Today our family spent a little time digging in the rich soil of our garden plot.
This area is so special on the ranch, because it is the same spot that Travis's grandmother, Ellen, cultivated when she and her husband, Jack, first moved onto the ranch in the 1970's.
Our entire family enjoys so much getting our hands into fertile soil, carefully placing seeds and bulbs, and watching the earth spring forth life. It is such a picture of Who God Is. He, after all, is the ultimate Master Gardener. How gracious is He to give us charge over this land to be stewards of His creation.. and what is more, to use that vegetation and the animals for our benefit! Praise to the name of the Lord! (Genesis 1:26-31) In the past several years, Travis and I have been growing in our knowledge of soil health and regenerative agriculture. We have learned so much about the benefit and importance of biomass, earthworms, no-till farming/gardening, multi species grazing and multi species planting. In 2018, our entire family (Even Gil, who was 3 weeks old at the time!) attended a 3 day international conference called The Grass Fed Exchange where we learned from and networked with ag producers from literally all over the world, all with the same goal in mind: managing our land correctly so that it can heal itself, produce abundantly, and provide excellent nutrition for our animals. "The Grassfed Exchange Conference is a gathering of regenerative ranchers, dairymen, and sustainable food supporters from across the world who come together to network and exchange ideas. We desire to help producers and consumers grow in the knowledge of the grass-fed industry." (taken from www.grassfedexchange.com)
We actually have not had a large garden in several years (hello, several small children), but Travis has been working on this garden area every spring and fall with cover crops, mowing those down and leaving the residue for mulch and biomass, among other things. He was over the moon excited to see "cottage cheese" soil and an abundance of earthworms when he stuck the spade in today! And then he said sadly, "Sorry worms. I just ruined your home."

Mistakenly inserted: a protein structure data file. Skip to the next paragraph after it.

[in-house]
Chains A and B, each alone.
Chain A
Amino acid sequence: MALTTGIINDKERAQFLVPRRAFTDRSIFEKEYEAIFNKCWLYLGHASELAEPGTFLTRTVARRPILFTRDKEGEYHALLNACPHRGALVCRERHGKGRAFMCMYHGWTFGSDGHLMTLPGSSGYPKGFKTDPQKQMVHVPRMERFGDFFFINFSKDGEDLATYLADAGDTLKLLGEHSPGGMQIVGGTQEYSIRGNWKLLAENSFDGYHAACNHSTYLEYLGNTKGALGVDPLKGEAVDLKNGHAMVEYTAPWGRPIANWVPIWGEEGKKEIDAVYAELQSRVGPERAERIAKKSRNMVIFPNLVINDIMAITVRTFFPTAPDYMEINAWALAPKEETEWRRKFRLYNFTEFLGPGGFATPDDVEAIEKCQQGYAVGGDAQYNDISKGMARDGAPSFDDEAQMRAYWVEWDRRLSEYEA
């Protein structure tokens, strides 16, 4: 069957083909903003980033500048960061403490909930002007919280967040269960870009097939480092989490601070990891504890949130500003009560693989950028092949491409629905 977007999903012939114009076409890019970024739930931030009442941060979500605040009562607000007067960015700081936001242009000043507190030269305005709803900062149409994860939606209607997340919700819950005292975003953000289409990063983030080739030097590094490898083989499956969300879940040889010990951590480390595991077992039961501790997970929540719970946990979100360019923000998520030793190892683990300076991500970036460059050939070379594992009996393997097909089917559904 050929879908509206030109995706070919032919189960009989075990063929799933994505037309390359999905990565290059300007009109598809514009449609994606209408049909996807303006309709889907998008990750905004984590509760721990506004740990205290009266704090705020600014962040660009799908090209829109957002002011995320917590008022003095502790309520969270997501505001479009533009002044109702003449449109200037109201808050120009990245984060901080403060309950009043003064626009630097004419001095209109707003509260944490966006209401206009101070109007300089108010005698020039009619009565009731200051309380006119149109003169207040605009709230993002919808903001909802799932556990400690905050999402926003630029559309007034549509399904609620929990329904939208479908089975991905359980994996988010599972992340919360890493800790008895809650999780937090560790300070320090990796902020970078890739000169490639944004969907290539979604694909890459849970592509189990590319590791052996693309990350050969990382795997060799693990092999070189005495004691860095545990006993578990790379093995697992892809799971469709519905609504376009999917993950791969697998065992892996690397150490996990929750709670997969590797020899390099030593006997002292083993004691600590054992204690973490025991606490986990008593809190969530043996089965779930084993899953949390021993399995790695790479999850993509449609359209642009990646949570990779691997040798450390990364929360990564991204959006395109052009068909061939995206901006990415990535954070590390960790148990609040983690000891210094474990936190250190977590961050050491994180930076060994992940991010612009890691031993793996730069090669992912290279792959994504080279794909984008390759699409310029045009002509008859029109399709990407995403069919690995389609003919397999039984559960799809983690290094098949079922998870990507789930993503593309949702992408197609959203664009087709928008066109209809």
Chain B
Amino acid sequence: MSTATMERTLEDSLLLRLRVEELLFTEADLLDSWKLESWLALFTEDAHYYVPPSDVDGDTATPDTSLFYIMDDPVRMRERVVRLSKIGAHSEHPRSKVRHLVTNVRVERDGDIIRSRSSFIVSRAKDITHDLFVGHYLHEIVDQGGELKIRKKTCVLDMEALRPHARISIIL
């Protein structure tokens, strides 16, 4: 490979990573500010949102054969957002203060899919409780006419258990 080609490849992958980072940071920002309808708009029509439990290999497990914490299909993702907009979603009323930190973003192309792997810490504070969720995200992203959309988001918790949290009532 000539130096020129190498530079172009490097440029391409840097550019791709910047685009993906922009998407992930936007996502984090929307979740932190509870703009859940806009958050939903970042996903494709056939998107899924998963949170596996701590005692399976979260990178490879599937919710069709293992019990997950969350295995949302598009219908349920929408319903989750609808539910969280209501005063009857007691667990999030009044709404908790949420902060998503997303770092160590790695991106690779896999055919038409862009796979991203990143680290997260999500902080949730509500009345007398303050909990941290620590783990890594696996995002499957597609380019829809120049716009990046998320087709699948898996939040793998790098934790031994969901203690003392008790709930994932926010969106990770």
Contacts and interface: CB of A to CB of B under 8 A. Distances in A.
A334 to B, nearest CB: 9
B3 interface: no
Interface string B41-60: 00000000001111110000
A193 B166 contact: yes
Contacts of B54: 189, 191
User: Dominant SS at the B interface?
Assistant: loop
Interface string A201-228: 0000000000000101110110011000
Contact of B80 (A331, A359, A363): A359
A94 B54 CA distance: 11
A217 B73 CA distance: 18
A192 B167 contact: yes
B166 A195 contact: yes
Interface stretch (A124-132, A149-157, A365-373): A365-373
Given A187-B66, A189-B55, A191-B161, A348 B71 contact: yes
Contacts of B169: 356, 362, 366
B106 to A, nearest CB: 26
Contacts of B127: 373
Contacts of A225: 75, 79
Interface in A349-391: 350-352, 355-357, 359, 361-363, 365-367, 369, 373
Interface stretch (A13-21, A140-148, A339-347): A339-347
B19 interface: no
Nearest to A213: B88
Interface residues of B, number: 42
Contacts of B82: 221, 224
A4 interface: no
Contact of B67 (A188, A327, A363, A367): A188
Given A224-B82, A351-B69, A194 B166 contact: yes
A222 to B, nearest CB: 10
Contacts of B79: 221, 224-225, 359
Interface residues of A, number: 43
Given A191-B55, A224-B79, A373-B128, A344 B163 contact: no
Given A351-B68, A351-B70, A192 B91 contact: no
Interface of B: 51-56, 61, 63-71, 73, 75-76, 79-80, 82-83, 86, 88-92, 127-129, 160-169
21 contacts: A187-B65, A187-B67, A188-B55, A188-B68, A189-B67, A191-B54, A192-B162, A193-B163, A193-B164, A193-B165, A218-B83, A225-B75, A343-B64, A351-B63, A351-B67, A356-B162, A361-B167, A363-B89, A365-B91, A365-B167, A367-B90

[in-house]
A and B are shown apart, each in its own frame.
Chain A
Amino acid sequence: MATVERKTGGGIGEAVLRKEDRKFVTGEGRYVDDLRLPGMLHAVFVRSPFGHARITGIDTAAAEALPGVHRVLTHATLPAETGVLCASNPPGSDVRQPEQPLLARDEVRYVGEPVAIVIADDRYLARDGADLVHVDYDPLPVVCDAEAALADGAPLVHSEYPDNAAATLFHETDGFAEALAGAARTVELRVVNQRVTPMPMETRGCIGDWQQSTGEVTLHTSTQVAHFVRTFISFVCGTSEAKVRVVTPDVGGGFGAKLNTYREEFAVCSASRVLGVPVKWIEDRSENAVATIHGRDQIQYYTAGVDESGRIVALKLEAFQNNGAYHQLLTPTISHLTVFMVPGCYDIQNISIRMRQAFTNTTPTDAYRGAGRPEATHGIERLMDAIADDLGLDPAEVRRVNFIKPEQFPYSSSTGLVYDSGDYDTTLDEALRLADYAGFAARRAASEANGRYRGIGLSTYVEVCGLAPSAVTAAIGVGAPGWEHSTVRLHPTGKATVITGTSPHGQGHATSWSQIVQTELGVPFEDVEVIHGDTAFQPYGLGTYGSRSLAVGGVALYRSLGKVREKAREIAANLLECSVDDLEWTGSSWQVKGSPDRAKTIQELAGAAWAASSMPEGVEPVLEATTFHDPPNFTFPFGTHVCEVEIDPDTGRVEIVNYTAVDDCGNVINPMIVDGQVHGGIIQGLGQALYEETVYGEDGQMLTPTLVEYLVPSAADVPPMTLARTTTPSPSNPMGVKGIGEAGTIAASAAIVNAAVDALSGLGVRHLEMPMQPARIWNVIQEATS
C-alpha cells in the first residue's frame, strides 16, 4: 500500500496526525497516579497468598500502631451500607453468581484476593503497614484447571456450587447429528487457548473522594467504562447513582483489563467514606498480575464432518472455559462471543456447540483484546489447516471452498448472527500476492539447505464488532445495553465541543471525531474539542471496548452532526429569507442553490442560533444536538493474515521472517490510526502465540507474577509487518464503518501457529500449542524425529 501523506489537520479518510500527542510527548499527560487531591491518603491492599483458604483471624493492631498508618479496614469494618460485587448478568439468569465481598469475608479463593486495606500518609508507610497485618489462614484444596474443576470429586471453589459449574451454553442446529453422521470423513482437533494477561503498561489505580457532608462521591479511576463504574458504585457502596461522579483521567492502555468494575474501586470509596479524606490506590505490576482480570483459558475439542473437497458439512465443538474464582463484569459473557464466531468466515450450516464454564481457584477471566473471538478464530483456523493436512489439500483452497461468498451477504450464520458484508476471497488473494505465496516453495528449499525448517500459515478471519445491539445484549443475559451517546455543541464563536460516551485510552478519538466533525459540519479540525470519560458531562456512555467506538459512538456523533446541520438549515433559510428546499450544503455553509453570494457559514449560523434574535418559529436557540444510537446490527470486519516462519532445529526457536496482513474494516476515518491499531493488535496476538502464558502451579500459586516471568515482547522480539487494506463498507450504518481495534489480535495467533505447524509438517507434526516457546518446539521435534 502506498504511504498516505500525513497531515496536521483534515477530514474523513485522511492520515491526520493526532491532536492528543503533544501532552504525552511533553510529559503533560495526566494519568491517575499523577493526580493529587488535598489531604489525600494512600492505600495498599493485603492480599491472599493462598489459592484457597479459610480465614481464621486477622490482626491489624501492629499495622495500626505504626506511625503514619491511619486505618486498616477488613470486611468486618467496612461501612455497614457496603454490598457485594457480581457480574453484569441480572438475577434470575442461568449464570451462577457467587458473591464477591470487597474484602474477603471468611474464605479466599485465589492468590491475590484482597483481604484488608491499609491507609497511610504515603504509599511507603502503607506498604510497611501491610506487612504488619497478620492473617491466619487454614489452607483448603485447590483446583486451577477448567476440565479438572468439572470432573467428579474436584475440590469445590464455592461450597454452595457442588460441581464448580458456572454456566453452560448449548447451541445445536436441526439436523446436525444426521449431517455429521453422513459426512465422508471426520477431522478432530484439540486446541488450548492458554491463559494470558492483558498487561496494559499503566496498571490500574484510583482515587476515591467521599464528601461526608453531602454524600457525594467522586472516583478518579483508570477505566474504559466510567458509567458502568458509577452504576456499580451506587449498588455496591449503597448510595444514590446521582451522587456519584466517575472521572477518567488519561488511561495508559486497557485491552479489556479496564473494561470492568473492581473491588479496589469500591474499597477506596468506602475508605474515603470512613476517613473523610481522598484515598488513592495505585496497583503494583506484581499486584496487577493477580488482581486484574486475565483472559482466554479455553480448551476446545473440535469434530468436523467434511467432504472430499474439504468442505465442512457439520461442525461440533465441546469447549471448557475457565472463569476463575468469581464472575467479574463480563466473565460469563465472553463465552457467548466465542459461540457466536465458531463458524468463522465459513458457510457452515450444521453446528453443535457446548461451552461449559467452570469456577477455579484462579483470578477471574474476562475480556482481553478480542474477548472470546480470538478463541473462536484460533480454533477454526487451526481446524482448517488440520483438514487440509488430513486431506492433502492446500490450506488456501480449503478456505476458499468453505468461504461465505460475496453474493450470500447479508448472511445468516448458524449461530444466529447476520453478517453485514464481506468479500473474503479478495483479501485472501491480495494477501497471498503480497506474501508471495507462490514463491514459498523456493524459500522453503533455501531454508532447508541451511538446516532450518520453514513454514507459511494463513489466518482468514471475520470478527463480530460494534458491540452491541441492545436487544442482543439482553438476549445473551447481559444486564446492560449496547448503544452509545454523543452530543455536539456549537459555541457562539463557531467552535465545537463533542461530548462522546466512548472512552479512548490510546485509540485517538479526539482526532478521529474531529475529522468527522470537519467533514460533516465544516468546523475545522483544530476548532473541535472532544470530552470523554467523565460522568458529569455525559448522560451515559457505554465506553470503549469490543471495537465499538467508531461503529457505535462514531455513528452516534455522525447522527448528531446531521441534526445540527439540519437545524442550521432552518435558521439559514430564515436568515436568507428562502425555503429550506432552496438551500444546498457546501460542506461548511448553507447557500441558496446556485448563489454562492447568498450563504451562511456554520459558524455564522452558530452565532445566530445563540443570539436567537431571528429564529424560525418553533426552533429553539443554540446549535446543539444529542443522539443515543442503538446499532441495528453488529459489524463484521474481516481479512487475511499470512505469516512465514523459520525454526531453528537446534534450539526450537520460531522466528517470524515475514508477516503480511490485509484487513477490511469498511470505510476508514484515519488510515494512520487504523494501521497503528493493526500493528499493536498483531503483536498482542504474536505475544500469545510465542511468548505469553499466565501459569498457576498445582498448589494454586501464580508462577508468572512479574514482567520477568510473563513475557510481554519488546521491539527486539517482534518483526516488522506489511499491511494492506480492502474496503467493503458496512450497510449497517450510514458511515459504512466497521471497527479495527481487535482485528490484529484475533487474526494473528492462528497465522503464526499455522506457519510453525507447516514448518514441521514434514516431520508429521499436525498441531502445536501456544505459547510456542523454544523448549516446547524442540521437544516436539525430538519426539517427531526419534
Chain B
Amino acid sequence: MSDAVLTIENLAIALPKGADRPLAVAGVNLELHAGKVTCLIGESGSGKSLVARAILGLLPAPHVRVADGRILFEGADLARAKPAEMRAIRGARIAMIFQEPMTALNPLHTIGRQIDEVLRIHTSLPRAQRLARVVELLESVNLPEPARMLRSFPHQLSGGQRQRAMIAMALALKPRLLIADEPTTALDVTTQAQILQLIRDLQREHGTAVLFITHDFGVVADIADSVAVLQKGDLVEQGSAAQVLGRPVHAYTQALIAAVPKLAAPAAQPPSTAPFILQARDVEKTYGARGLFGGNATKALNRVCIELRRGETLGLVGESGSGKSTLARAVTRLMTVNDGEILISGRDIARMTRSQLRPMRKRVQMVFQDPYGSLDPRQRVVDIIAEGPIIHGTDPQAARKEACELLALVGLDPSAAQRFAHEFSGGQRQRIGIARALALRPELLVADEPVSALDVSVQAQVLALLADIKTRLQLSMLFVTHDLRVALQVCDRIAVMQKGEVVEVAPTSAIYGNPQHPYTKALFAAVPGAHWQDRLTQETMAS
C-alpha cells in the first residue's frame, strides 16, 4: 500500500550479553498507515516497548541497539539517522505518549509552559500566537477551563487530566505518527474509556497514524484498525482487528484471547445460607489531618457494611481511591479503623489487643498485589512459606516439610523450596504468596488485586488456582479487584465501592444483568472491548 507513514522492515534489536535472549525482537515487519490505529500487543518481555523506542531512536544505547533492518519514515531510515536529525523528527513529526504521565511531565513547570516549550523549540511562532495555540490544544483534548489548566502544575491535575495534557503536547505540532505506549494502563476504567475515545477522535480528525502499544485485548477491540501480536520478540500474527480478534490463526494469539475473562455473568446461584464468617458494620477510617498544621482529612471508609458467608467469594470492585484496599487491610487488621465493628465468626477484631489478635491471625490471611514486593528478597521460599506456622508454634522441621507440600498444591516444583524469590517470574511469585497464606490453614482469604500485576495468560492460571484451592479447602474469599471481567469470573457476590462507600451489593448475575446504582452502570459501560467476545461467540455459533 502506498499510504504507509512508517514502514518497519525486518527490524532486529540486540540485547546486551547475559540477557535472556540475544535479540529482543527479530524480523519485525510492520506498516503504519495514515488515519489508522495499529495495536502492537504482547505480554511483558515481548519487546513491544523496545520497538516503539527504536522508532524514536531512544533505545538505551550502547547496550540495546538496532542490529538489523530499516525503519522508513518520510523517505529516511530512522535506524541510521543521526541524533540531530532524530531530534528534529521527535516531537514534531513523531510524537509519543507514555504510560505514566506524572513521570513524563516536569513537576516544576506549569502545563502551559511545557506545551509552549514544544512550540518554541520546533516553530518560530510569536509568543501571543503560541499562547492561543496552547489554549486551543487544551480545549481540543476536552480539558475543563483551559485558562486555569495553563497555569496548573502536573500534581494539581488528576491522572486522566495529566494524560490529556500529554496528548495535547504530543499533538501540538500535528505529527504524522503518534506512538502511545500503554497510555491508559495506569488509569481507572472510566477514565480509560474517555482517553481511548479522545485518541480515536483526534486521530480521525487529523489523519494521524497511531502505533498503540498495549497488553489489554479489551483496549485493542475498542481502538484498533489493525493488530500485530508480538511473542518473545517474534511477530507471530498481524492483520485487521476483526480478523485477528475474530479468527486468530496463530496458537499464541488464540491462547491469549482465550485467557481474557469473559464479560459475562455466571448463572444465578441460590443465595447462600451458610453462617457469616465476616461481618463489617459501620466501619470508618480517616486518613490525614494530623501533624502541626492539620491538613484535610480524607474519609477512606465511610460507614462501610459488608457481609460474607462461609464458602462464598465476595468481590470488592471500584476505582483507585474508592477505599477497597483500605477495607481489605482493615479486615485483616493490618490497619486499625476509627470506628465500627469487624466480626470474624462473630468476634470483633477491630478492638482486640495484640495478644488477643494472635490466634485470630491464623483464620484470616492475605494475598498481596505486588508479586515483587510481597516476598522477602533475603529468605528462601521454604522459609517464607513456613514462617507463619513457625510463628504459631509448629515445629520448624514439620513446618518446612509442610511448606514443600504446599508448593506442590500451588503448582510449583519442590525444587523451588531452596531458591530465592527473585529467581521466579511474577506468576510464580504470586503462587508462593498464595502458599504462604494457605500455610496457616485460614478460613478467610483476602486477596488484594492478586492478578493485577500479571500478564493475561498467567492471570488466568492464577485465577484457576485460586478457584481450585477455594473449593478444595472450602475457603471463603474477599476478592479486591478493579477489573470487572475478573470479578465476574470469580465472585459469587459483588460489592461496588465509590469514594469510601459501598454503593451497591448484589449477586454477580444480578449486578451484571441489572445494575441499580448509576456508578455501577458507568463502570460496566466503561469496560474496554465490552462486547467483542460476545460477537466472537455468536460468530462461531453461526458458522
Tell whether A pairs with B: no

This was my job today. Pictured above: Lots of old weeds and grasses, and LOTS of raspberry branches. Peach trees that sprouted from some Colorado peach pits I threw in the garden several years ago. Raspberries only grow on new branches and every year you're supposed to trim them down. Me and my pruning shears went to work...
...while my "horses", "cattle", and "giant chickens" trampled down the old grasses to serve as mulch and residue to protect the soil, the raspberries, and to inhibit weeds this growing season.
Much better! Maybe some day those peaches will produce? We are looking forward to a bumper crop of raspberries this summer! Fun fact: These raspberry plants came from transplants from Grandma Ellen's garden at her current home!
Digging for more worms.
Adding composted manure to the raised beds.
Planting strawberries (to the left), onions, arugula, and garlic.
Psalm 104 talks about The Lord's care over all of His works. I encourage you to read the whole chapter - I just selected a few verses that stood out to me after my time digging in the soil today! "[The Lord] causes the grass to grow for the cattle, And vegetation for the labor of man,
So that he may bring forth food from the bath,
And wine which makes man's heart glad,
So that he may make his face glisten with oil,
And food which sustains man's heart." (vv.14&15) "O Lord, how many are Your works!
In wisdom You have made them all;
The earth is full of Your possessions" (v. 24)
"Let the glory of the LORD endure forever;
Let the LORD be glad in His works" (v. 31)
Get out and dig in the soil today, friends!